The hackers, known as RedAlpha, have targeted organizations such as Amnesty International, the International Federation for Human Rights, Radio Free Asia, the Mercator Institute for China Studies, and other think tanks and government and humanitarian groups around the world. The impact of the hackers remains unclear, but given the length of the campaign, analysts expect the digital espionage to have been broadly successful.
Recorded Future researchers have “high” confidence that RedAlpha is sponsored by the Chinese government, as all targets “within [its] strategic interests,” said Jon Condra, director of the organization’s strategic threats team.
Unsurprisingly, in recent years, the hacking group has been particularly interested in organizations in Taiwan, including the Democratic Progressive Party and the American Institute in Taiwan, the United States’ de facto embassy in democracy on the small island. The Beijing government claims Taiwan as part of Chinese territory.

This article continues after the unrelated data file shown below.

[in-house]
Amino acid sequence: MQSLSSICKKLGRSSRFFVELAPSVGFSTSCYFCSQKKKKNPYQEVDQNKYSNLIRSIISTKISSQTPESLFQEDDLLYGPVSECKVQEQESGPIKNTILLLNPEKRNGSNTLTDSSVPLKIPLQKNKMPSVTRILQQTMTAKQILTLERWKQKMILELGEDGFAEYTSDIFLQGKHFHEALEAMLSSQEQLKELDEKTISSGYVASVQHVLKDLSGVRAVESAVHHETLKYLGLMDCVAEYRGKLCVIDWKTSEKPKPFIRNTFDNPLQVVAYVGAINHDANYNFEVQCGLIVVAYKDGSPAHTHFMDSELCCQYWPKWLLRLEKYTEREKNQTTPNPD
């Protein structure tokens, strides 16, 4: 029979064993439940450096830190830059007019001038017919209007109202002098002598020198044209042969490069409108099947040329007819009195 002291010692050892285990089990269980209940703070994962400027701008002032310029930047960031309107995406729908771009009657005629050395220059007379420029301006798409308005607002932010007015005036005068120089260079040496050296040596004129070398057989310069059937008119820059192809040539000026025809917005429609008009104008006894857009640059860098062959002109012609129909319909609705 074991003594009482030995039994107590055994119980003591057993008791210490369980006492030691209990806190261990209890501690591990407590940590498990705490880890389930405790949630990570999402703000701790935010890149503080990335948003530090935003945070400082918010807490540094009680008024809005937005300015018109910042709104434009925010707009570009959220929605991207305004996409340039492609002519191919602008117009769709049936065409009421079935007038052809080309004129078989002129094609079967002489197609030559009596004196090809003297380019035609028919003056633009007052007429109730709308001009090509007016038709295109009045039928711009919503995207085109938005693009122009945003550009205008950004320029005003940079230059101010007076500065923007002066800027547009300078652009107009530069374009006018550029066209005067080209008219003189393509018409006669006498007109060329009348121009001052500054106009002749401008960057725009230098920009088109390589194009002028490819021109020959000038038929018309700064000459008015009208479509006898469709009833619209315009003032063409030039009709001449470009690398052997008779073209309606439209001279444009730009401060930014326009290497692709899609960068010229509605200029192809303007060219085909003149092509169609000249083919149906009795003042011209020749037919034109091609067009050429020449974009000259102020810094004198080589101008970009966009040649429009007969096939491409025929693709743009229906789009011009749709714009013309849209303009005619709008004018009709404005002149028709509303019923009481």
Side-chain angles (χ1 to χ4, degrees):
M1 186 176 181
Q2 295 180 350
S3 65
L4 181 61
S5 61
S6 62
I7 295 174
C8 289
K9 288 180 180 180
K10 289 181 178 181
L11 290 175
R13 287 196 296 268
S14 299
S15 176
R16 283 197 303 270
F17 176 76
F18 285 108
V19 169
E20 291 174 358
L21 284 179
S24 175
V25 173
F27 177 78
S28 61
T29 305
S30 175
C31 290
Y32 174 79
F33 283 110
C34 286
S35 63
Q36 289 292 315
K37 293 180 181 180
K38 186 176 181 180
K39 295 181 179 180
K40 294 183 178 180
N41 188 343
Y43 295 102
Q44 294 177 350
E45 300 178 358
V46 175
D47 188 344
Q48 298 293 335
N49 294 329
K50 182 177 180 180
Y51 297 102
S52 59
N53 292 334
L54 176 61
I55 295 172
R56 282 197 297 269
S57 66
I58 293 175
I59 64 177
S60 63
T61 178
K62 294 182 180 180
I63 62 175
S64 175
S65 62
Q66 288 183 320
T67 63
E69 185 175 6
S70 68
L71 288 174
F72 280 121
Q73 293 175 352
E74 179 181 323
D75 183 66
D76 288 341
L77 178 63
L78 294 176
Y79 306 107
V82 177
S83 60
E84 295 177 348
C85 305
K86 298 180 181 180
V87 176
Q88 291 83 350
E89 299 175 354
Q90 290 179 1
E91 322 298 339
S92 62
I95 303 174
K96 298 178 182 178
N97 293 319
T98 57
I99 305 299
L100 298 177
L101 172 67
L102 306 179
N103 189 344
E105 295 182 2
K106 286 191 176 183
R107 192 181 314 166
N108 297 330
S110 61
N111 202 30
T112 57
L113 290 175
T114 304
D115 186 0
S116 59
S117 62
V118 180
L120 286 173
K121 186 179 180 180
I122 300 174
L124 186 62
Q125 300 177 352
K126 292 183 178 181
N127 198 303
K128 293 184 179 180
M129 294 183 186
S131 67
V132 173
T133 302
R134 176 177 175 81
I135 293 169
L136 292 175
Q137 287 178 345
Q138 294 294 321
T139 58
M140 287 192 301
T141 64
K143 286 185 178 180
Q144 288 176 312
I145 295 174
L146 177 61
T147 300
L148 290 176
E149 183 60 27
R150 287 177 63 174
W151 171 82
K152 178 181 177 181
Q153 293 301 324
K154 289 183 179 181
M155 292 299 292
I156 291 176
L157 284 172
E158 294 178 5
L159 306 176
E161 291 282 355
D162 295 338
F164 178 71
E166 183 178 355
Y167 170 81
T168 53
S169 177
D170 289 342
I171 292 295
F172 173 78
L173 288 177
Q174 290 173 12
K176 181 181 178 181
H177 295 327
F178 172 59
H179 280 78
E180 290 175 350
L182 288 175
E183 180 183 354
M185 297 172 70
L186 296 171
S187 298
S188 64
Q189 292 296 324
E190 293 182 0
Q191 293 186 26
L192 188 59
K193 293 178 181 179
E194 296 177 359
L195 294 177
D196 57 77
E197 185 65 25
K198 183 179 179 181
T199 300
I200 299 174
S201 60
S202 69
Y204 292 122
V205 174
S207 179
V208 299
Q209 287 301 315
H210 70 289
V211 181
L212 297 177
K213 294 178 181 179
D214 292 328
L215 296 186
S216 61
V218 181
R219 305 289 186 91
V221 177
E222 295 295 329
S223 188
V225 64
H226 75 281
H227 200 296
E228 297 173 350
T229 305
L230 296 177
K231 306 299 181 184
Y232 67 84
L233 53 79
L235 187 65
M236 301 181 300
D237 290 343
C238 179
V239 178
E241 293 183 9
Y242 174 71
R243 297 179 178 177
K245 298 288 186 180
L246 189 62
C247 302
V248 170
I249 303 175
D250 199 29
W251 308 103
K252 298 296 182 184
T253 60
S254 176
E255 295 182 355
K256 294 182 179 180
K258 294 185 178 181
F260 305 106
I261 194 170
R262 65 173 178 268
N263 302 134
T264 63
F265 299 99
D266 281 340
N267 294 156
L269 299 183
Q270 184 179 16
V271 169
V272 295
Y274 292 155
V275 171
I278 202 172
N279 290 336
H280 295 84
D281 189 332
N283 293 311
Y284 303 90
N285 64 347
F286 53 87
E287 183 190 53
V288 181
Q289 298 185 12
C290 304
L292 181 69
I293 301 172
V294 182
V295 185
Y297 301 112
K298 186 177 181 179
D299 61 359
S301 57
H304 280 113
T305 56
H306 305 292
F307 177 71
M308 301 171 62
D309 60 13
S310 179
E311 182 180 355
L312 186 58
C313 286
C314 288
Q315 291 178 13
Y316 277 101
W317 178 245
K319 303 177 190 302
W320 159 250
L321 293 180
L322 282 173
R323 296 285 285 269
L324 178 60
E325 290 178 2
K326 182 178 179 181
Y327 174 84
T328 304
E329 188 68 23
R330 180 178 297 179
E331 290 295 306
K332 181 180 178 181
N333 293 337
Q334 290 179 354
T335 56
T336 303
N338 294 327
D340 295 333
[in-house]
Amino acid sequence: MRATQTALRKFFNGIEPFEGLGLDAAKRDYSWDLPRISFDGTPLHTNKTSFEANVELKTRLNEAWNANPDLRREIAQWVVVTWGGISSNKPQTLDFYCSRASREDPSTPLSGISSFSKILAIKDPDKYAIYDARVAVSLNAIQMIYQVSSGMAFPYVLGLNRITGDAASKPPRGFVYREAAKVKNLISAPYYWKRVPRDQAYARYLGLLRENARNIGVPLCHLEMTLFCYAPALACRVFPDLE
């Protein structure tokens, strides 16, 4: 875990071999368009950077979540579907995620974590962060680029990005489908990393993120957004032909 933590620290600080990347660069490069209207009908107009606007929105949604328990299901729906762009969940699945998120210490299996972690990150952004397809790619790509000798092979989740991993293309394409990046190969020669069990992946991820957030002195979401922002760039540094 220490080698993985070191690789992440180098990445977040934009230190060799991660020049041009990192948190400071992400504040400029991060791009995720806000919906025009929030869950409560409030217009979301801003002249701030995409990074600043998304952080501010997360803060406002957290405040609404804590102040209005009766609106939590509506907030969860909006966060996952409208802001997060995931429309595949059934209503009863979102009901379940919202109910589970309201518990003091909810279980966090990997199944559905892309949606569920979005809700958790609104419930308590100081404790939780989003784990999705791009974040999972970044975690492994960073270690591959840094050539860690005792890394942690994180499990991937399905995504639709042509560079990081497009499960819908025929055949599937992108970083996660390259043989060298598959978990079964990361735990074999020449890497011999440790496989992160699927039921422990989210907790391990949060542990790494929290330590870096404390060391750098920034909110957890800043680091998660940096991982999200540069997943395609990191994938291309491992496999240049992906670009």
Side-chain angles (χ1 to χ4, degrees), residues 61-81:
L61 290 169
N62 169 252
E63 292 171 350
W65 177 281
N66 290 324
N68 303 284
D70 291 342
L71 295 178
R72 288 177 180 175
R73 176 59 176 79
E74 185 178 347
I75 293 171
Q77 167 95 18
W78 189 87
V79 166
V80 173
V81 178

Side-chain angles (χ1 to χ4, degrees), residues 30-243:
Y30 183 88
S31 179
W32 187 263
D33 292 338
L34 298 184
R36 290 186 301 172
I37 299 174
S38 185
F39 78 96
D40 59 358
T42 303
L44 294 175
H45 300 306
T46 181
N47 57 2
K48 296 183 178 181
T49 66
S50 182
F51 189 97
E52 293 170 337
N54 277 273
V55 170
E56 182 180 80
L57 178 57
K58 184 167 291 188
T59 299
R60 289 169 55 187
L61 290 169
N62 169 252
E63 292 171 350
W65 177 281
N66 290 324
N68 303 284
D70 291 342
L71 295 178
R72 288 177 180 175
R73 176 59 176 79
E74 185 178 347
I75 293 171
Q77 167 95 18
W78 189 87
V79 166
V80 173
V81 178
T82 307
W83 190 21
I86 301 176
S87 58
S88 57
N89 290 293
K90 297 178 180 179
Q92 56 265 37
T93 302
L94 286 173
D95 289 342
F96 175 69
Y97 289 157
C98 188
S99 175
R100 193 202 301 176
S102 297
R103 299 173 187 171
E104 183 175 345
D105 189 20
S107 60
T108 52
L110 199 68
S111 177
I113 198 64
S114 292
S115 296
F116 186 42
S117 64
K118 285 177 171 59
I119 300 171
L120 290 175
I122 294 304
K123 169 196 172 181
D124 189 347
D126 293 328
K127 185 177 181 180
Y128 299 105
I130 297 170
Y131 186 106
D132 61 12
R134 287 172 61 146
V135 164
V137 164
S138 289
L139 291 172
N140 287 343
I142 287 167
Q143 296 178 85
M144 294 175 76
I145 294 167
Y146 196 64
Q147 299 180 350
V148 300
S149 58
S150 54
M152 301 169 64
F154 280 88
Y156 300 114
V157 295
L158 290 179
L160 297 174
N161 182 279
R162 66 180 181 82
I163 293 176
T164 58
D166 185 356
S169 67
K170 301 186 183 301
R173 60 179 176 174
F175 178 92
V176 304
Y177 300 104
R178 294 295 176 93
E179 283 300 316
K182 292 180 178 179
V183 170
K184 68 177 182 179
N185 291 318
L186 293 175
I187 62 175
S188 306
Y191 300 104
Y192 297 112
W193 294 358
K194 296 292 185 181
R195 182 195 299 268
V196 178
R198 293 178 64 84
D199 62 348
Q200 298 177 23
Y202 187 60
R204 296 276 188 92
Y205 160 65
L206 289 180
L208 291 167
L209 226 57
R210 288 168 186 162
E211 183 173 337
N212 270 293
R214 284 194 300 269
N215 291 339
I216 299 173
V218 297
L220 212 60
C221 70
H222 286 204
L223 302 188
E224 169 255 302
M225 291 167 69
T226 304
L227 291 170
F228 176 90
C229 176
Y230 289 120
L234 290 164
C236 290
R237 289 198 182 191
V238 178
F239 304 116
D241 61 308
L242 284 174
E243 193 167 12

RedAlpha has been active since 2015, if not publicly identified to 2018, in a Citizen Lab report. It has consistently targeted groups the Chinese Communist Party calls the “five poisons”: Tibetans, Uyghurs, Taiwanese, democracy activists and the Falun Gong. These are all domestic dissidents who, for various reasons, criticize and challenge the Communist Party’s hold on China. They also share international visibility and support.
Citizen Lab’s work first exposed RedAlpha’s campaign against the Tibetan community, government agencies and a media group. In the years since, Recorded Future has identified: Additionally cyber campaigns against Tibetans, and last year a report of PricewaterhouseCoopers said the group is expanding its focus to include individuals, vulnerable ethnic groups, community organizations and an increasing number of government agencies.
What’s especially interesting about these new findings is that RedAlpha still works with the same simple and cheap playbook it used years ago. The latter spying was linked to previous campaigns because the group reused many of the same domains, IP addresses, tactics, malware, and even domain registration information that has been publicly identified by cybersecurity experts for years.